A Conversation Between Classmates
ABOUT WRITING, TECHNOLOGY, AND MATTERS PUGILISTIC AND OTHERW ISE
Matthew Pearl and Benjamin Cavell were college classmates, but met and became friends about six years after graduating, at a photo shoot for a Boston magazine. Benjamin is a producer and writer of the FX drama Justified as well as the author of Rumble, Young Man, Rumble, an award-winning collection of short stories. In honor of the technologi- cal themes of the novel, Matthew and Benjamin decided to discuss The Technologists via an online chat.
Benjamin Cavell: Each of your previous books has focused on the work of a particular literary figure as a source of or a solution to the various mysteries. Was it a conscious decision to move away from that model? Wait, now it’s telling me you’re offline.
Matthew Pearl: No, I’m here. I just went invisible so nobody would interrupt us.
BC: I meant to phrase the end of that question better but then I rushed it because it said you disappeared.
MP: That’s fine how you have it.
BC: But obviously it’s conscious. I guess the question should be why you decided to move away from it?
MP: I think it was more that writing three books tied together—by lit- erary history—had at some point become my plan, and then when that “set” was completed it was a matter of looking over my list of ideas and deciding what was next. Many of my ideas are centered around literary history, but a number are not, and this one, originally listed in my idea document only as “MIT novel,” jumped out at me and at the few people (you included) whom I asked for input. In some ways, it would have been easier to continue with literary history because that had become a sort of security blanket.
BC: Your previous books were set at a time when publishing and American literature were entering some kind of early modern age; this book takes place at a moment when science (or technology) is doing the same. Is that why you chose MIT as your setting as opposed to Harvard, which is obviously a place you have an association with and a place that has featured in your previous work (with varying levels of significance)?
MP: I definitely had more connections with Harvard as a place, but the idea started with MIT and then went from there (rather than start- ing with the history of science). Before writing the book, I’m not sure I even knew more than one or two people who had any affiliation with MIT, but my removal from the place made me more interested in peeking inside its origins. It is and was such a unique world in itself. Counter to the axiom, I tend to want to write about what I don’t know. Actually, I didn’t know Harvard would play any part in this story until I started doing research and found that Harvard and its professor Louis Agassiz were opponents of MIT and all the new sciences that MIT represented.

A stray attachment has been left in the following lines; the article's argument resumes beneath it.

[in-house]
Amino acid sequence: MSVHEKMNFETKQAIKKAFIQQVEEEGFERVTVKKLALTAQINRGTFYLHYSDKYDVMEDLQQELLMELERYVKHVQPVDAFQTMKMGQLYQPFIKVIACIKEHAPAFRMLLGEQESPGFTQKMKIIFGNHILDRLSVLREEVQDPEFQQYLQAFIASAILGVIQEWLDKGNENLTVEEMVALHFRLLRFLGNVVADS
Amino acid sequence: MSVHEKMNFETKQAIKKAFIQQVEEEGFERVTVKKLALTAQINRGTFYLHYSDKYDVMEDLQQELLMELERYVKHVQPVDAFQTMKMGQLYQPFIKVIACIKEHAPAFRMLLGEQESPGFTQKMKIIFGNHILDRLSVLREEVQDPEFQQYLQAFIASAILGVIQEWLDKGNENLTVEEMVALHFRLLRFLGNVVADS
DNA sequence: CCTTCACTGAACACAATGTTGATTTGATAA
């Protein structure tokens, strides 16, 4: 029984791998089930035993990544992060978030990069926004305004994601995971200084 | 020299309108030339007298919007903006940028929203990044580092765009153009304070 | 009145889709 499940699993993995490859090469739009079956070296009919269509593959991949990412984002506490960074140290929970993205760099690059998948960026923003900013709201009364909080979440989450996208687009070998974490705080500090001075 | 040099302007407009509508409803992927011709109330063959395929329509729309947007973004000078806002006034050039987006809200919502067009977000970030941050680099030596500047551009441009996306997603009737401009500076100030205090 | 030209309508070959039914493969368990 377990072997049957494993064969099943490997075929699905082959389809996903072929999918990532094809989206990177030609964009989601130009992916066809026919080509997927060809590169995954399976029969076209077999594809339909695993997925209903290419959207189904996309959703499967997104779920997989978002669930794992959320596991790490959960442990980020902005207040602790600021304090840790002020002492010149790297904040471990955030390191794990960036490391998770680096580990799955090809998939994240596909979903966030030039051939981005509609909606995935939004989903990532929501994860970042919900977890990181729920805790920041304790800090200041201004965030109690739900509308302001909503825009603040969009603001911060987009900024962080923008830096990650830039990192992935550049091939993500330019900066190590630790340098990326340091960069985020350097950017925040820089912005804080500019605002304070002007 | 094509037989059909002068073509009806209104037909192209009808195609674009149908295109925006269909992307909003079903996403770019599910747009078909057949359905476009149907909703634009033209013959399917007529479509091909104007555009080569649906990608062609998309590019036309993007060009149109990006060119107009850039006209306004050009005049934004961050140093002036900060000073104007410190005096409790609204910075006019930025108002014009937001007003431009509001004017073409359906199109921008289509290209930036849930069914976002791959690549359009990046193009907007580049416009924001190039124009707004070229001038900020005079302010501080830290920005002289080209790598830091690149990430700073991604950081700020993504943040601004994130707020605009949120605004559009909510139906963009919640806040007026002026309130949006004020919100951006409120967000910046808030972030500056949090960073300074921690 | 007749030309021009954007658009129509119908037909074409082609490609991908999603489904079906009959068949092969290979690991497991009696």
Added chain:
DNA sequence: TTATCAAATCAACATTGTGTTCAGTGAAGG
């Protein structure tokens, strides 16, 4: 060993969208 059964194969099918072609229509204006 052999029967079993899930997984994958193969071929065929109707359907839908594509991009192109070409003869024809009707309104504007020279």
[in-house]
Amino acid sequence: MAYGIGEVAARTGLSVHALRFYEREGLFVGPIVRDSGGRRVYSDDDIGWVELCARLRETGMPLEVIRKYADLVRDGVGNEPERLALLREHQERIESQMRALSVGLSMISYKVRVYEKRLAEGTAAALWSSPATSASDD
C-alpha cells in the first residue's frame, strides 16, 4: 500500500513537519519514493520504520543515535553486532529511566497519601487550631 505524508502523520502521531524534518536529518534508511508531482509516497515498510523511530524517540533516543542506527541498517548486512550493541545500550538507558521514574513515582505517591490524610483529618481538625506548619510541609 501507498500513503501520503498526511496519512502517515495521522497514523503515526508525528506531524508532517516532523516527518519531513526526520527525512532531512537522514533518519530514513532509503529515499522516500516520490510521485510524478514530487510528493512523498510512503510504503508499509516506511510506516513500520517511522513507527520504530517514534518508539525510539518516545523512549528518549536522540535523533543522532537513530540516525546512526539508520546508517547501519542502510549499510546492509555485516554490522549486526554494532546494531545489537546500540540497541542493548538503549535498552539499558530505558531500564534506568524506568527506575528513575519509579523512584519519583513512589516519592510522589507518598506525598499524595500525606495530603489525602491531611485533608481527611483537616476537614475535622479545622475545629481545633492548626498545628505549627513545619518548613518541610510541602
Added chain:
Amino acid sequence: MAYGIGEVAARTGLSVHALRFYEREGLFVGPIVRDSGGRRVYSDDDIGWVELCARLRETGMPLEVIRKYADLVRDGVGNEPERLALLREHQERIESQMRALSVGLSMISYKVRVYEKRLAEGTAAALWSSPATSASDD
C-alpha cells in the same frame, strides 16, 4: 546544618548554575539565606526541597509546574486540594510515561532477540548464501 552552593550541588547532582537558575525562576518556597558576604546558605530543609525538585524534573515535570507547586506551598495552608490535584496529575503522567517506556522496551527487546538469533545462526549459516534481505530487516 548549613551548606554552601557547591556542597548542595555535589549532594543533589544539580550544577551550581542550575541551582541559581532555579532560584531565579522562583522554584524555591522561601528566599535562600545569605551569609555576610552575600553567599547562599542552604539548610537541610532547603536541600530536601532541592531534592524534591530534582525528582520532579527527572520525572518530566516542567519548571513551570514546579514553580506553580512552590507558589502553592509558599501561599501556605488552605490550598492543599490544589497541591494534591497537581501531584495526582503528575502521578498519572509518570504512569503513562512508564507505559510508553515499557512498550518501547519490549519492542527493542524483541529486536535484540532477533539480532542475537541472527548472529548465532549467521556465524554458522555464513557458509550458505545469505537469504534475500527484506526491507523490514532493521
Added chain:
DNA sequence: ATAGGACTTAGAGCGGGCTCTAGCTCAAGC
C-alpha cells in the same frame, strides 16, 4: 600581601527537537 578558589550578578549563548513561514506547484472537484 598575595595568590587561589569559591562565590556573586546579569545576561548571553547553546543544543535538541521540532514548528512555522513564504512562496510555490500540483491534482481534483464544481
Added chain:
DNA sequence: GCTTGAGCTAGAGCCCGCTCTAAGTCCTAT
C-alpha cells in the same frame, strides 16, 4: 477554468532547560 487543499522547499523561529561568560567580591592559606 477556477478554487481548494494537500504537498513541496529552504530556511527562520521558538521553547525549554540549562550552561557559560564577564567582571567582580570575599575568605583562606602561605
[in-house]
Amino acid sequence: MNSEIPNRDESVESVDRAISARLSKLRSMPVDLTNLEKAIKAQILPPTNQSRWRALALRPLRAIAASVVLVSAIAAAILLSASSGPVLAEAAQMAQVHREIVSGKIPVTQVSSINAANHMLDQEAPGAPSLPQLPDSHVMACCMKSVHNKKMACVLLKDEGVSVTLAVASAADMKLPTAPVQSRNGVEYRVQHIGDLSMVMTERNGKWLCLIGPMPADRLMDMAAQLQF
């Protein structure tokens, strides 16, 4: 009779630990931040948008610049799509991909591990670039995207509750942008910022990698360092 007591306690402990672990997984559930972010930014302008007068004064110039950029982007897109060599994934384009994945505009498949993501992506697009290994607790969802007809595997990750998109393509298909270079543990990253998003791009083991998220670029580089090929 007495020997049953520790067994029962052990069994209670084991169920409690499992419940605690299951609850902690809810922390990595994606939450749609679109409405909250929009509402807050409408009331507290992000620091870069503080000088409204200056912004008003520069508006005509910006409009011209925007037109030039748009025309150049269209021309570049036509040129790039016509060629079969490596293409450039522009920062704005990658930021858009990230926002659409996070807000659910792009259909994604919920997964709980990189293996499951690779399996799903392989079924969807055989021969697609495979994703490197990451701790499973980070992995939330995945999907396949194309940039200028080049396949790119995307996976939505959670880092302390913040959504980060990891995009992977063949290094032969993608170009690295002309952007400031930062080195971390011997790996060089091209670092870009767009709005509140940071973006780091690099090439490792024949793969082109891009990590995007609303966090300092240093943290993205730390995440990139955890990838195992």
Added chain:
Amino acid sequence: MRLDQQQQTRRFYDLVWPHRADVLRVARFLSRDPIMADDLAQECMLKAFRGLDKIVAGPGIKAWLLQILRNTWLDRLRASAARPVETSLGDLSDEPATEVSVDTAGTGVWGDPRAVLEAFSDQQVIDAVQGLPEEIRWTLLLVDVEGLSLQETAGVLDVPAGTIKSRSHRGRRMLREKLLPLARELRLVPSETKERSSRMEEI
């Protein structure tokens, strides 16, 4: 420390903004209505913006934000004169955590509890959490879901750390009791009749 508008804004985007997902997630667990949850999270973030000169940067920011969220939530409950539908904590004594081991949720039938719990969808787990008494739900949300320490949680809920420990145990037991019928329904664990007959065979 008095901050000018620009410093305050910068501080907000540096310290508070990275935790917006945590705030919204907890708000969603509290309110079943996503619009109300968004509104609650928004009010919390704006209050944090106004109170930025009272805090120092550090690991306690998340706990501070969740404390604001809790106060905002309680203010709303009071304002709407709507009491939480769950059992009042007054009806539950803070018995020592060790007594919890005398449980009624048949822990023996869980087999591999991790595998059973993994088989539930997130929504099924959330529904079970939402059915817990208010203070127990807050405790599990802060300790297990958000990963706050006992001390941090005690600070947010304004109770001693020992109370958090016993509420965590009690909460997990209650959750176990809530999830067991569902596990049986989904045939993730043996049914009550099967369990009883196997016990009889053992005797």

BC: How closely does the book hew to the actual history of MIT’s founding?
MP: I don’t think I’ve ever used “hew.”
BC: I don’t think I have either but I’ve always wanted to. The Marcus character is wholly invented, yes? But many of the others are based on people who were actually in that first graduating class.
MP: Wait, I didn’t answer the last question!
BC: I’m expanding the question.
MP: The story of MIT’s founding is pretty accurately represented, with some of the details streamlined or simplified so not to weigh the plot or reader down. It really was this controversial place at the start, very different than what had come before it, or even what would come after it established its foothold.
I think the academic politics and tensions were what got me into the story before the fascinating science, which of course is splashier mate- rial. Marcus is fictional but his circumstances are drawn from very real people who were among the first students from the “industrial” class, while most of the others are historical (except Hammie). At one point, I wanted at least one appearance from each of the historically first gradu- ates, though I think by the final draft some of them were left behind.
BC: You mention the fascinating science. How did you come up with the various technology-based attacks?
MP: That was an uphill climb. There was a moment early on when I almost gave up the whole book because in spite of the fact that I loved my characters, I didn’t know if I could create attacks that were interest- ing enough. I had some help from scientist friends and contacts, but most of the ideas that made it into the final version started with the sci- entific journals from the time period. Really tedious to read through, then you’d come upon a nugget about an experiment or an accident buried in there somewhere and that would expand outward. Dissolving the glass, for example: that was actually inspired by a scientific journal column written by an MIT student about experiments they were doing there. Then I’d build on that and convert it into something malicious and dangerous.
BC: What about other difficulties? I think people would be interested to hear about your main sticking points.
MP: Well, you heard about most of them at the time because I would call you for advice.